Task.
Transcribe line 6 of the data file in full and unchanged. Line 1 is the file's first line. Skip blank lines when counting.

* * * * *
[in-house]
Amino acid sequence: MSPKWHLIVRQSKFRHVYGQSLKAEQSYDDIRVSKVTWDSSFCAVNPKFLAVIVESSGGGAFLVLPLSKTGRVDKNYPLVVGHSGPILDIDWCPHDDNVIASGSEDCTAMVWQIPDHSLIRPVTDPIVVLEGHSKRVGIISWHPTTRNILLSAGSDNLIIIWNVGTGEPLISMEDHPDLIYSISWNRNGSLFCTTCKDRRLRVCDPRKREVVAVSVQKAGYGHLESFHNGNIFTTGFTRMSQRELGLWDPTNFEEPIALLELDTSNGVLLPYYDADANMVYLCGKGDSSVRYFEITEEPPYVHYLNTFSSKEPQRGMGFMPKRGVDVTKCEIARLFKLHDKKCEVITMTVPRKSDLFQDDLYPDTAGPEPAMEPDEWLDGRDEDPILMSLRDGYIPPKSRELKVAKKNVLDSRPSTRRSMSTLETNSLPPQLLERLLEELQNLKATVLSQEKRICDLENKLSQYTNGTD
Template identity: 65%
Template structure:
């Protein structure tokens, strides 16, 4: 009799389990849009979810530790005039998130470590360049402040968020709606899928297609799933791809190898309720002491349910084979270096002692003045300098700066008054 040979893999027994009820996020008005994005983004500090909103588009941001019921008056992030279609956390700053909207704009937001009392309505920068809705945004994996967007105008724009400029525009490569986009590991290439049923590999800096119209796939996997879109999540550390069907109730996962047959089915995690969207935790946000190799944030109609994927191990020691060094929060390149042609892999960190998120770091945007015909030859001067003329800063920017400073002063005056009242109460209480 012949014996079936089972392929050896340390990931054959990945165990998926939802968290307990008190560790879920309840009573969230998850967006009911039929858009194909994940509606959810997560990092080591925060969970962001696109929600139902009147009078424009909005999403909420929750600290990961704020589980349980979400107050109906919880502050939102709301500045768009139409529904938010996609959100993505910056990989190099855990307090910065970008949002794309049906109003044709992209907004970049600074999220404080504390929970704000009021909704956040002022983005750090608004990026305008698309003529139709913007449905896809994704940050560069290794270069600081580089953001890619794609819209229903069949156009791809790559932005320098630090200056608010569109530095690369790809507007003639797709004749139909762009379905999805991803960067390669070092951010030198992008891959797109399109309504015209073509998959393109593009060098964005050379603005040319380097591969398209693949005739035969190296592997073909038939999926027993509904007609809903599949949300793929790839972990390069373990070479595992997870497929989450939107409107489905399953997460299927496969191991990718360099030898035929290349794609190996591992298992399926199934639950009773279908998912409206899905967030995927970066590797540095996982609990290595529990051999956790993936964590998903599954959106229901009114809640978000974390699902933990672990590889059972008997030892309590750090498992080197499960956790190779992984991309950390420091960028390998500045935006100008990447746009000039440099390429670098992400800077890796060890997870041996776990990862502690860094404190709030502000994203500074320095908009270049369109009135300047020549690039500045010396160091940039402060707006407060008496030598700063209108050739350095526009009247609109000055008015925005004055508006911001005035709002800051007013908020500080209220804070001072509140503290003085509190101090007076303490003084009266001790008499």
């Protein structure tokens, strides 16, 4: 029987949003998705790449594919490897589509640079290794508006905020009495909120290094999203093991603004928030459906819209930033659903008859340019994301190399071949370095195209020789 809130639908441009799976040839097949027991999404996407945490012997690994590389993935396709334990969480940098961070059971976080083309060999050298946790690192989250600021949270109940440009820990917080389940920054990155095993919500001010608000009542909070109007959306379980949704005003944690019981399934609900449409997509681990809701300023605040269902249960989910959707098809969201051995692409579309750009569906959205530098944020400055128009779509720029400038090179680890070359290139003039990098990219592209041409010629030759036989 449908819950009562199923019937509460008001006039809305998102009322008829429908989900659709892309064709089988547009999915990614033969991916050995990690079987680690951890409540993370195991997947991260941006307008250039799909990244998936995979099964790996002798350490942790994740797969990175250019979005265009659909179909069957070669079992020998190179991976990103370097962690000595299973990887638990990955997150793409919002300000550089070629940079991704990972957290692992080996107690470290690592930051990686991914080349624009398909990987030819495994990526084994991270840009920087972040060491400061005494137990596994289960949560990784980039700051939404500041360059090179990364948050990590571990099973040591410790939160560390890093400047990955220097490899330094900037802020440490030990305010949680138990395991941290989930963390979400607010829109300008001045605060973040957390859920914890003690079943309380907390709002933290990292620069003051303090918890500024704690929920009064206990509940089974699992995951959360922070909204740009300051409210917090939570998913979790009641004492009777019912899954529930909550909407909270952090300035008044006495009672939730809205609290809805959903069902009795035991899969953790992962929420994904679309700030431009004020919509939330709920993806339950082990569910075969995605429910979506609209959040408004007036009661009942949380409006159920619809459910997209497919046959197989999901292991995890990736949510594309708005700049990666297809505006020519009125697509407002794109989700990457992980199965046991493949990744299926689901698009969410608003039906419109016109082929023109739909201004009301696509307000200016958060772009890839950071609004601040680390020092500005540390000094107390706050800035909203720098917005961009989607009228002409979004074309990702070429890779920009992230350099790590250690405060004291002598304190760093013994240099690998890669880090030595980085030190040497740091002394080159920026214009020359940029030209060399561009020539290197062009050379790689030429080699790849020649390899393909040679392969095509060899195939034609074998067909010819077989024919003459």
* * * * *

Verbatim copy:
């Protein structure tokens, strides 16, 4: 029987949003998705790449594919490897589509640079290794508006905020009495909120290094999203093991603004928030459906819209930033659903008859340019994301190399071949370095195209020789 809130639908441009799976040839097949027991999404996407945490012997690994590389993935396709334990969480940098961070059971976080083309060999050298946790690192989250600021949270109940440009820990917080389940920054990155095993919500001010608000009542909070109007959306379980949704005003944690019981399934609900449409997509681990809701300023605040269902249960989910959707098809969201051995692409579309750009569906959205530098944020400055128009779509720029400038090179680890070359290139003039990098990219592209041409010629030759036989 449908819950009562199923019937509460008001006039809305998102009322008829429908989900659709892309064709089988547009999915990614033969991916050995990690079987680690951890409540993370195991997947991260941006307008250039799909990244998936995979099964790996002798350490942790994740797969990175250019979005265009659909179909069957070669079992020998190179991976990103370097962690000595299973990887638990990955997150793409919002300000550089070629940079991704990972957290692992080996107690470290690592930051990686991914080349624009398909990987030819495994990526084994991270840009920087972040060491400061005494137990596994289960949560990784980039700051939404500041360059090179990364948050990590571990099973040591410790939160560390890093400047990955220097490899330094900037802020440490030990305010949680138990395991941290989930963390979400607010829109300008001045605060973040957390859920914890003690079943309380907390709002933290990292620069003051303090918890500024704690929920009064206990509940089974699992995951959360922070909204740009300051409210917090939570998913979790009641004492009777019912899954529930909550909407909270952090300035008044006495009672939730809205609290809805959903069902009795035991899969953790992962929420994904679309700030431009004020919509939330709920993806339950082990569910075969995605429910979506609209959040408004007036009661009942949380409006159920619809459910997209497919046959197989999901292991995890990736949510594309708005700049990666297809505006020519009125697509407002794109989700990457992980199965046991493949990744299926689901698009969410608003039906419109016109082929023109739909201004009301696509307000200016958060772009890839950071609004601040680390020092500005540390000094107390706050800035909203720098917005961009989607009228002409979004074309990702070429890779920009992230350099790590250690405060004291002598304190760093013994240099690998890669880090030595980085030190040497740091002394080159920026214009020359940029030209060399561009020539290197062009050379790689030429080699790849020649390899393909040679392969095509060899195939034609074998067909010819077989024919003459």